While condition is a factor in value, rarity plays into the mix, too. And determining rarity comes down to where, when and how the shirts were offered. At the bottom of the value pyramid are the mass-produced, official merchandise shirts offered for sale at concerts, and, in the case of today’s acts, online. But if an artist prints up a shirt exclusive to one particular venue and offers that shirt only at the event, its rarity increases.
“In the ’70s, people didn’t necessarily buy merchandise at a concert. It may have been there, but it was an exception rather than the norm to buy a shirt,” van Gool said. “As a result, concert shirts from the ’70s obviously should be a lot more valuable than shirts from the ’80s, which are in turn more valuable than those from the ’90s and so on.”
Next up in value: promotional shirts that were distributed by record companies from the 1970s into the 1990s.
“Record companies spent a lot of money on promotional shirts, and they were made in varying quantities, but some shirts were made a lot more than others,” he said.
For instance, a variety of promo shirts were made for Bruce Springsteen’s “Born In the U.S.A.” album, and as a result, those shirts are more commonly available than others. But they still are rarer than a concert T-shirt from that same album and era, he said.
At the top of the rarity heap are promoter shirts and jackets, which were around mostly in the 1970s and 1980s and typically handed out to people working for the promotional company, at the venue, or, on occasion, to the band. A combination of factors make promo T-shirts incredibly desirable among collectors, he said.
“They were never made for commercial purposes, so they only made 50 or 100 of those shirts,” van Gool said. “And second, they’re great because the design is unique to the promoter, and the promoter more or less had free rein to decide how fancy (or not fancy) to make their shirts. Third, they’re unique, because typically on the back of the shirts, it would print a couple of dates from that tour.”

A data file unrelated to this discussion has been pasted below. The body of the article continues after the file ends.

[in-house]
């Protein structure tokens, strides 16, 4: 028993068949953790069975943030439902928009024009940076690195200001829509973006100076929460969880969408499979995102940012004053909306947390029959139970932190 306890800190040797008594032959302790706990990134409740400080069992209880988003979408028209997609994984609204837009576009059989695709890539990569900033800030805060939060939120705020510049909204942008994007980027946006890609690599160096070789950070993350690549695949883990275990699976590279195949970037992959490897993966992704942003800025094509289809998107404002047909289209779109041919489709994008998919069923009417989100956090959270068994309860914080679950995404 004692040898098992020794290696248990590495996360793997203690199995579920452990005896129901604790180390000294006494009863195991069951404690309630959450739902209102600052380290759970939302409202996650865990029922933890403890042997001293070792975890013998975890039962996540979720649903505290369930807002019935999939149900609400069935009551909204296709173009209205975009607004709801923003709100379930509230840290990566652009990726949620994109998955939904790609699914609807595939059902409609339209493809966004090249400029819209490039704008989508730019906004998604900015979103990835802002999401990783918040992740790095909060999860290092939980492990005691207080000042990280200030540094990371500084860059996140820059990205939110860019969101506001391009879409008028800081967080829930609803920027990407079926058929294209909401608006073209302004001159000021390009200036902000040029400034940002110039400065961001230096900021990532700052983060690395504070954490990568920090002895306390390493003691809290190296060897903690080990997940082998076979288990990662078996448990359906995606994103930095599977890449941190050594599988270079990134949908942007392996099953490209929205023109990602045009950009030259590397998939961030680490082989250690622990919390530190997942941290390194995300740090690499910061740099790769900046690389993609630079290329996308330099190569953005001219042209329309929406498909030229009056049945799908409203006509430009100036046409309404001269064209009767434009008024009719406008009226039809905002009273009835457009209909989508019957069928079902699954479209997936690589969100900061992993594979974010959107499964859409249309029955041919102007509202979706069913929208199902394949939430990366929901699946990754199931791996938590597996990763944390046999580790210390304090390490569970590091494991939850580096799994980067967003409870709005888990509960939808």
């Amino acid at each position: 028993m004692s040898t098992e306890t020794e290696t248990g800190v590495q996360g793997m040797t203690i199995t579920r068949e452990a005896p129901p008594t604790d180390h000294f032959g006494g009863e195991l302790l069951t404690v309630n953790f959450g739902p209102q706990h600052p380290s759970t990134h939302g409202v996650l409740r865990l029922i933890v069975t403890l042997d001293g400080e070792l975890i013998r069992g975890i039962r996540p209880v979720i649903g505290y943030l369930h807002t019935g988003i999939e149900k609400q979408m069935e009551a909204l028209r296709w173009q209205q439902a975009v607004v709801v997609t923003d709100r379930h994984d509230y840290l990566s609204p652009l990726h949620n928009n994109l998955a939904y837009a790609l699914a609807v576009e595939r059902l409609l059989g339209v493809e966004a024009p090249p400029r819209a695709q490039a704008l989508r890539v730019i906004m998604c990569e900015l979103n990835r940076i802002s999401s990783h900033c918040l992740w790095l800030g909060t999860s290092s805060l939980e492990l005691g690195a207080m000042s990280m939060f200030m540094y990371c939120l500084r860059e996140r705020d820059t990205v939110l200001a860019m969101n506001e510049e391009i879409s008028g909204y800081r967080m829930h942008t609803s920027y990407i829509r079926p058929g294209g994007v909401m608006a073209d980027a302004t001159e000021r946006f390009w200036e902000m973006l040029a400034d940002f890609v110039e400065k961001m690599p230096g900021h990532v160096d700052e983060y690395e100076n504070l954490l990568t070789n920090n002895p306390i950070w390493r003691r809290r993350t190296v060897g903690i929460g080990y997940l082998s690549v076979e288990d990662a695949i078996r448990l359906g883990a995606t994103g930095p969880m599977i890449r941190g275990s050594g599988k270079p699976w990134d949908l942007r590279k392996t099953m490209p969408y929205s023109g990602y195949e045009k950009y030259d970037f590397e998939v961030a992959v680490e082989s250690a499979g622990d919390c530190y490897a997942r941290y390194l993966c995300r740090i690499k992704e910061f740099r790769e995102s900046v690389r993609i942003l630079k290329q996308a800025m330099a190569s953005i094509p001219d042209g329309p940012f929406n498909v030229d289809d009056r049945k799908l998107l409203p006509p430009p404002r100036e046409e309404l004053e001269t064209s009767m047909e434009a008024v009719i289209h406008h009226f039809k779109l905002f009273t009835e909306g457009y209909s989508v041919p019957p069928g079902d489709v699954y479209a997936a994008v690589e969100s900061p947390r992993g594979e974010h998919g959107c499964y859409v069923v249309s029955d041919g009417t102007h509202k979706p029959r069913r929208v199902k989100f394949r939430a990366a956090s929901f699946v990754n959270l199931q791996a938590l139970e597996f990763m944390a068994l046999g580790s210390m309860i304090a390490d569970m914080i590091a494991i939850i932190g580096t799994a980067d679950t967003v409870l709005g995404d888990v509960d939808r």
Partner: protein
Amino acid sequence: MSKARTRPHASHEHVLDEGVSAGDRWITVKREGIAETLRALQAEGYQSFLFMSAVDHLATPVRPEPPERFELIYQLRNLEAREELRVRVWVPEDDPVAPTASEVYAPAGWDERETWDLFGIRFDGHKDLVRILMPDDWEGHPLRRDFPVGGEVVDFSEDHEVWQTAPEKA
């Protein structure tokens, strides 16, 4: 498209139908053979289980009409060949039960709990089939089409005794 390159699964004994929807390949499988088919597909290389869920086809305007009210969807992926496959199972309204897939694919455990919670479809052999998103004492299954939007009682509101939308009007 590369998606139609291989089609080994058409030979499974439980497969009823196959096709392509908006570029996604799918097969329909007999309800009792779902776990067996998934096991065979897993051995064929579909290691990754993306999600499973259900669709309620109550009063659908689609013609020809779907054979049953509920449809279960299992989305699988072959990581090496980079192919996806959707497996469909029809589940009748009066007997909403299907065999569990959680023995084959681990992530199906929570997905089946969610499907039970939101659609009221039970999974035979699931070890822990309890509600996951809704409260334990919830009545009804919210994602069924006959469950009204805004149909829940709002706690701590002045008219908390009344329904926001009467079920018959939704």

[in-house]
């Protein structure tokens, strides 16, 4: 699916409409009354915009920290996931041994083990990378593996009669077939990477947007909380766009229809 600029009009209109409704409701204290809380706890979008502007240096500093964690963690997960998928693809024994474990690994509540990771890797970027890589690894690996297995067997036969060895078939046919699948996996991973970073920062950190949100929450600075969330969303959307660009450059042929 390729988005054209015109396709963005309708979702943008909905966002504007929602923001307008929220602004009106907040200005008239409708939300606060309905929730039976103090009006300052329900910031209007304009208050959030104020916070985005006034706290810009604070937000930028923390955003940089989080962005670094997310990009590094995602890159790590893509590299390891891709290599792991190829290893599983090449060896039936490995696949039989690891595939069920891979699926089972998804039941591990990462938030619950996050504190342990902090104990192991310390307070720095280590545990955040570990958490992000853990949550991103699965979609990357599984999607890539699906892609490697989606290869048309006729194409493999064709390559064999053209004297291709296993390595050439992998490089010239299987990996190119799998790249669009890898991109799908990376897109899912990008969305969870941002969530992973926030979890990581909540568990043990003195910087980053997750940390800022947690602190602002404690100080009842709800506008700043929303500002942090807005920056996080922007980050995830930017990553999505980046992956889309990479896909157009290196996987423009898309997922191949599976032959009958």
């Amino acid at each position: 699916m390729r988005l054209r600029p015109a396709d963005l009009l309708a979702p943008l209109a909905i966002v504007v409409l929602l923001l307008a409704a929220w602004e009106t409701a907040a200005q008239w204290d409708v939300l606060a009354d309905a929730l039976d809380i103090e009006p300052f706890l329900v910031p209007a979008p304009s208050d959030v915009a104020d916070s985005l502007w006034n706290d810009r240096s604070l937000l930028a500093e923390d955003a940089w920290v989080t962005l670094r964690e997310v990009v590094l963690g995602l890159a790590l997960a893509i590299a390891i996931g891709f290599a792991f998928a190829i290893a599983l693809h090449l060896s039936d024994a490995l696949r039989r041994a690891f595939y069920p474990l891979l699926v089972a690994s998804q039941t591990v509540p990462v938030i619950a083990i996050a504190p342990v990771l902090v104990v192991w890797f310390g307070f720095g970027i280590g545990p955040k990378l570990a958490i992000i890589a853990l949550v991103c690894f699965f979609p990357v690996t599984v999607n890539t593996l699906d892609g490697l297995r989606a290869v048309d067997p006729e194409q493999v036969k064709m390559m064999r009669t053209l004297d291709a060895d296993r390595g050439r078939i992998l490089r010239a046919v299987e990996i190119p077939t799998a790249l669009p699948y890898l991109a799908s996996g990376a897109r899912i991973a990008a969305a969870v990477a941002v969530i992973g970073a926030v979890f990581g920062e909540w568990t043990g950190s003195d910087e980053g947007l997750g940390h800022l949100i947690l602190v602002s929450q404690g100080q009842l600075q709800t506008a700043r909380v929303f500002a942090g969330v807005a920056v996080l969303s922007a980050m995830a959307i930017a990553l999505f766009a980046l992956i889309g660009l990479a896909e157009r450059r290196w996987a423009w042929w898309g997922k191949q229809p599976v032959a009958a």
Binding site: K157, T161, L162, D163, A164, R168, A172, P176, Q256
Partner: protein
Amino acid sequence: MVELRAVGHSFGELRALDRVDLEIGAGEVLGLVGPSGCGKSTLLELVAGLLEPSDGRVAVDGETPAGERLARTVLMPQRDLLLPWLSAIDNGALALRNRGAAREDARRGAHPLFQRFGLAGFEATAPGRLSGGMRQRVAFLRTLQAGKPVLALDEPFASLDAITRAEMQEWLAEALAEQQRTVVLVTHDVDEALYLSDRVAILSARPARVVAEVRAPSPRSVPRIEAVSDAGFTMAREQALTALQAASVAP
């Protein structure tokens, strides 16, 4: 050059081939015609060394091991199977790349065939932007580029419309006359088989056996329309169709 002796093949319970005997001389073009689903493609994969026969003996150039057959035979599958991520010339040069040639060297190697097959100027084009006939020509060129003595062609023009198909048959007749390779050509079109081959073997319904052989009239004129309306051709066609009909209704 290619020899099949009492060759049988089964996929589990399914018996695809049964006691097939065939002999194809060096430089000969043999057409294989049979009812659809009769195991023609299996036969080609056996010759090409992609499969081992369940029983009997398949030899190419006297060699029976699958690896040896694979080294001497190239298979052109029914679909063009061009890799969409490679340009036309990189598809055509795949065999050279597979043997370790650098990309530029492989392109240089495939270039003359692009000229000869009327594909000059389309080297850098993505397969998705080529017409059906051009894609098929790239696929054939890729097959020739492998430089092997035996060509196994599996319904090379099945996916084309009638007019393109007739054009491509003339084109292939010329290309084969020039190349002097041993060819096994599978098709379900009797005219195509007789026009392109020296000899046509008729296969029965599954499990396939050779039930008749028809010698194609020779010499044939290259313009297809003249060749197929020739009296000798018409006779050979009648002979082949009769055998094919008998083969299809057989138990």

More than 100 such rare shirts from Bill Graham Presents events in the 1970s will be featured in the Vintage Concert Swag Auction. “There are some home-run shirts in there, like there’s a Led Zeppelin jacket from 1977, and a couple of Pink Floyd shirts from 1977, and there are various Rolling Stones shirts from concerts and events, all from the 1970s,” he said.
Van Gool expects shirts from the Graham collection will be among the auction’s top attractions, and he anticipates that some of the Stones and Grateful Dead T-shirts will break the three-digit barrier for bids.
If your budget isn’t big enough to afford a major rarity, never fear. There are plenty of lots with an opening bid of $25 or less, including unused silk (aka stick-on) and laminated backstage passes in phenomenal condition. Featured artists include Metallica, Paul McCartney, Elton John, Stevie Ray Vaughan, KISS, Queen and Red Hot Chili Peppers, and some passes are autographed, van Gool said.
The phrase “backstage pass” today tends to bring to mind an image of a laminated pass on a lanyard, a format that is both durable and prestigious, because it typically identifies the wearer as someone with access to the artist. Stick-on passes have their own appeal, because they were used for a specific date or venue, which can put them in demand if they were from an artist’s final performance, or if something historic happened during that event.
Silk and laminated passes aren’t the only ways that artists, managers and crew members kept track of who belonged where.
“In the ’70s, they all looked so different, and it could be that you had almost looked like a business card with something written on it,” van Gool said. “In some cases, they even used buttons as backstage passes.”